• That’s an excellent question. I don’t know that you do actually “teach” it so much as you expose the students to it. That seems to have been the goal of the course, both to expose us to these more narrative-based works of history by academics and to give us a chance to wade in the form a bit for ourselves in short papers.

          In terms of definition, it would be a rare work indeed that was either wholly narrative or wholly analytical, as I said before. So, again, my working definition of a narrative history, therefore, is one in which the primary purpose (or priority) is to tell a story. This gets complicated if you assume some kind of false holism on the part of the label, i.e., if when calling something a “narrative history” you perceive it as implying that it contains no analysis. We’ve both already conceded that almost no works are completely one or the other; hence, pushing on the label in that way (rather than the content) is the discursive equivalent to running on a treadmill (yeah, you’re running, but you’re not really going anywhere).

          If by “what is narrative,” you’re asking a more philosophical question, then you’d have to ask Hayden White (if you can drag him away from his treadmill, that is). 😉

  2. So it is like some of the cultural histories that have come out recently that describe say a murder in Gilded Age New York to prove that the period was more turbulent than we presume. However, the book I am thinking of reads like a murder mystery complete with many bios of each major player to introduce them as “characters.” I have to say, though, that I really enjoy reading books like that although sometimes I am not sure what the larger point is other than to entertain. Great write up, Michael!

    • Something like Cohen or Kamensky are emblematic of a sort-of meta-narrative/microhistorical approach. For example, Kamensky’s book, The Exchange Artist, tells the story of Andrew Dexter and his attempt to build the Exchange Coffee House. Along the way, however, she drops into these embedded microhistories. For example, when a fire breaks out, she then goes into a spiel on firefighting in the period. Obviously, the story also allows her to get at broader themes of public skepticism of printed money, the emergence of banking, and even issues of urban development all while the story of Dexter draws out a larger story about striving and social mobility in the early republic. That is what I meant when I talked about works explicitly combining narrative with analytical and thematic history.

  3. Last comment, and then I’ll shut up: my larger concern is that if we can’t say what “narrative” consists of, much less how to do it, urging academic historians to write more of it — especially if you believe “narrative” to be “the only path from academia to a popular audience” — seems like a path to nowhere. I’d suggest that if we want more readers outside the profession, we should write more readable history. It’s not complicated.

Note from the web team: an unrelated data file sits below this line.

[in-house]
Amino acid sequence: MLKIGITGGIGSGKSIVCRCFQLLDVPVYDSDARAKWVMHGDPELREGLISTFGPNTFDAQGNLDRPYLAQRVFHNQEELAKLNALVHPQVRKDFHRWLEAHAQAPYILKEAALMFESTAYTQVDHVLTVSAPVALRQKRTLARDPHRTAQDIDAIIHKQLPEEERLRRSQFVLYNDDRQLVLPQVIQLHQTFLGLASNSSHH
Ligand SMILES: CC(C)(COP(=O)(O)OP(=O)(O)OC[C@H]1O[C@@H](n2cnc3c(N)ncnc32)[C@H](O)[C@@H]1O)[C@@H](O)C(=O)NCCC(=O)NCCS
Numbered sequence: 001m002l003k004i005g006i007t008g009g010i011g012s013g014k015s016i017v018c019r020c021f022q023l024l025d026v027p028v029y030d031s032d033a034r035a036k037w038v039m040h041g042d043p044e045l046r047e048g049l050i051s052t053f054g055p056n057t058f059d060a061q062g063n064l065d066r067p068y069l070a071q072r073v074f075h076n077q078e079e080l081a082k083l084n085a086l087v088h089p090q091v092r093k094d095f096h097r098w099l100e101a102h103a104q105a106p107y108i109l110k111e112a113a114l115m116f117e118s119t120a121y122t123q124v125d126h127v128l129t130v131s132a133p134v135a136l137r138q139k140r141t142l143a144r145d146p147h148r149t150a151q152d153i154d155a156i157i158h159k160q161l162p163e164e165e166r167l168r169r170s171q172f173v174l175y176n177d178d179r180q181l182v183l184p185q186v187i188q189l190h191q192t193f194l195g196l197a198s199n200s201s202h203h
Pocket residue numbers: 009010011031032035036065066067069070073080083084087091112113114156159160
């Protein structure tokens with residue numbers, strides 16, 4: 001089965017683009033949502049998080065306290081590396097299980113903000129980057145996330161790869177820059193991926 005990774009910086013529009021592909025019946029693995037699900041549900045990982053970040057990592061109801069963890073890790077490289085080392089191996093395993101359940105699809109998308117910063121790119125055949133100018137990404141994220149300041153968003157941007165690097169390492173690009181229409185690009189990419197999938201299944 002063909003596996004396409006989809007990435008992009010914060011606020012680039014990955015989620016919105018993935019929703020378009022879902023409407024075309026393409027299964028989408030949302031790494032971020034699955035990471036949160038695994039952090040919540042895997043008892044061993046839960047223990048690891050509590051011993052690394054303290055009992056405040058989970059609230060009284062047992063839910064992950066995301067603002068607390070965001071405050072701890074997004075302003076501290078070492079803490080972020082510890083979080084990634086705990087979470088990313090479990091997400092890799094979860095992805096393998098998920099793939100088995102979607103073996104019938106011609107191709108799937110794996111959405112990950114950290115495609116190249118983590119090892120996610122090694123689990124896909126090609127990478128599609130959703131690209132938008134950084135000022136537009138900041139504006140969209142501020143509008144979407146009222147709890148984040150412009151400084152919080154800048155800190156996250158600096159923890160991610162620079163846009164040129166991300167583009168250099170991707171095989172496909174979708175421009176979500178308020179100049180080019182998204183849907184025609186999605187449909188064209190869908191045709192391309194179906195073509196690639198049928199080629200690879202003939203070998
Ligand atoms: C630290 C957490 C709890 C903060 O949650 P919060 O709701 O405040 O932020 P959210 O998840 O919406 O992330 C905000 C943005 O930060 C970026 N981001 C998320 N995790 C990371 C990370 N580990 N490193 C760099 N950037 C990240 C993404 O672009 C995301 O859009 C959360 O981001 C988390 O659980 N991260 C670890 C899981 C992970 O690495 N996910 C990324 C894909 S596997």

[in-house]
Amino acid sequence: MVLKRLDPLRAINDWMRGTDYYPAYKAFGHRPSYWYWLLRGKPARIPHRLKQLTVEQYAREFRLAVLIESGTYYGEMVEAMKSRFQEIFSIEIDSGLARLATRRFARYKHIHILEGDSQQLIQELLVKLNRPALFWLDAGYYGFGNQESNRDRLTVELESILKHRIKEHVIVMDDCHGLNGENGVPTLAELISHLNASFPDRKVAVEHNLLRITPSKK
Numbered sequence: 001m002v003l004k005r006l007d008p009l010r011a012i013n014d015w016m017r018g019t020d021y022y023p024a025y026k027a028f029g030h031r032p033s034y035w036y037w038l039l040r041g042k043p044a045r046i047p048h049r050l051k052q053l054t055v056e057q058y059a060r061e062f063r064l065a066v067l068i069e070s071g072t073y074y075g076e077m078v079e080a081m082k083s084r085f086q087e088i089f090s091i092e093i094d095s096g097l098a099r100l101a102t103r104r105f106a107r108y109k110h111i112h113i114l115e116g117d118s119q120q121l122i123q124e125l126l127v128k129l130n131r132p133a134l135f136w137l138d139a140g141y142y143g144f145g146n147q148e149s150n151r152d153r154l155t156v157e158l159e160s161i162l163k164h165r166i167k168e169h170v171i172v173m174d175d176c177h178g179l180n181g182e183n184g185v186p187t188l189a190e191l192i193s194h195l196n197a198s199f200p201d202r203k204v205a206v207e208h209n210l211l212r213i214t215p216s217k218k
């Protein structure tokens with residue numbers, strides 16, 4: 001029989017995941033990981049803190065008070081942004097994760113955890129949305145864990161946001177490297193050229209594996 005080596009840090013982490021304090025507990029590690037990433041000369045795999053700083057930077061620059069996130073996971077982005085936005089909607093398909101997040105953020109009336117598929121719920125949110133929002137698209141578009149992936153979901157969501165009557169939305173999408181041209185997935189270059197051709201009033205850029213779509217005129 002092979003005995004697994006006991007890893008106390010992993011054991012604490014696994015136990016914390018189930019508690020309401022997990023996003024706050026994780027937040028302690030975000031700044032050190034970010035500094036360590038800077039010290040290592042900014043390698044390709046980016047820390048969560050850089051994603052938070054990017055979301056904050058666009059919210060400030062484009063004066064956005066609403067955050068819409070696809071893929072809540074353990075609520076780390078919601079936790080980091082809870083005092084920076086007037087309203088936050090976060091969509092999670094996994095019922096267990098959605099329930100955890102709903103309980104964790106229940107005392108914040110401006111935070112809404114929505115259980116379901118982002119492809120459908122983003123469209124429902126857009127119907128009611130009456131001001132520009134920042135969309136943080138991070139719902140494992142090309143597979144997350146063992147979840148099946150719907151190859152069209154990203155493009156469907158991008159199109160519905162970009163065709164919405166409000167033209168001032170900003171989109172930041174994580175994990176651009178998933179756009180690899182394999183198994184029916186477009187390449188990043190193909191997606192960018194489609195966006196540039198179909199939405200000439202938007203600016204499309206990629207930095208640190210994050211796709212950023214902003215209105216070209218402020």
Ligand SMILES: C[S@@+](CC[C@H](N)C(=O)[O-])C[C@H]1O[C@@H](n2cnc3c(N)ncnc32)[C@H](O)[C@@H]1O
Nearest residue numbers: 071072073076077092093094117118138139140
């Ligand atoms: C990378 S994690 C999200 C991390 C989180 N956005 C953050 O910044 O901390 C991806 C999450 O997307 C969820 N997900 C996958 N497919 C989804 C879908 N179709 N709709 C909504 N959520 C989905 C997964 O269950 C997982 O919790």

And now, back to the treadmill.

    • LOL!! I get your point now, I think. You’re pushing back against the unstated assumption (on both my part and probably many others) that narrative history is inherently more readable than analytical history, which is totally fair. But aren’t you also making an assumption about readers outside the profession. Do they not read historical monographs because of the writing? Or is it that primarily analytical and/or highly specialized works (whether readable or not) don’t seem to interest the broader reading public very much. Readability is certainly an important issue, but is it the key to a broader audience?

      I don’t think people say, when considering buying a book, “I’m not really interested in this topic, but I’ll buy it anyway because it looks to be well written.” As historians, we want to think that readers would be interested in what we do, if only we were better writers. But I really wonder if that’s the case.

      Look at early American history. Out of the top 20 bestselling books on the Revolution at Amazon, pretty much all are either founders’ biographies or books about multiple founders. What I’m getting at is that people don’t just want to read good history. Most popular readers of books on the Revolution want to read a certain kind of history, i.e., primarily Whiggish and Great Man-based works. The kind of person who is reading and enjoying Glenn Beck’s “Being George Washington” would likely not have chosen to read something like “Albion’s Seed” if only it had been better written. No?

  4. As an independent researcher and narrative historian (THE ROAD TO GUILFORD COURTHOUSE: THE AMERICAN REVOLUTION IN THE CAROLINAS) may I add my two cents. Why spend money taking a course on how to write narrative history when our libraries are packed with great teachers? Edward Gibbon, William Prescott, Francis Parkman, Henry James, Samuel Eliot Morison (also Morison’s valuable essay, “History As a Literary Art), to name only a few, and not even mentioning the ancients on one hand and contemporary non-academic historians on the other. And as far as style goes, clarity above all, and if you’re naturally felicitous to boot so much the better. The great novelists also have much to teach the historian. Americans believe that everything not only can be taught in a formal classroom environment but must be. Nonsense. Save your money and hit the stacks.

    Jack Buchanan

    • We always appreciate adding a non-academic’s views to our discussions. Allow me to address your reply point-by-point. Being doctoral students we didn’t technically spend money on the course. Rather, we get paid to take the course. That said, your point is well taken. For years before I went to undergrad at the age of 32, I had spent years reading through the 973 shelves at the Brooklyn and New York Public Libraries. In those years, I read many nineteenth-century and early twentieth-century histories of early America (e.g., Bancroft, Fiske, Parkman, Fisher, McMaster, etc….). Having not attended more than a year of high school, I did the majority of my learning outside of a classroom. I too have loved that Morison essay ever since I first read a long but excerpted version of it at the beginning of one of the Harvard Guide to American History volumes (which I bought at a library sale for 50 cents!).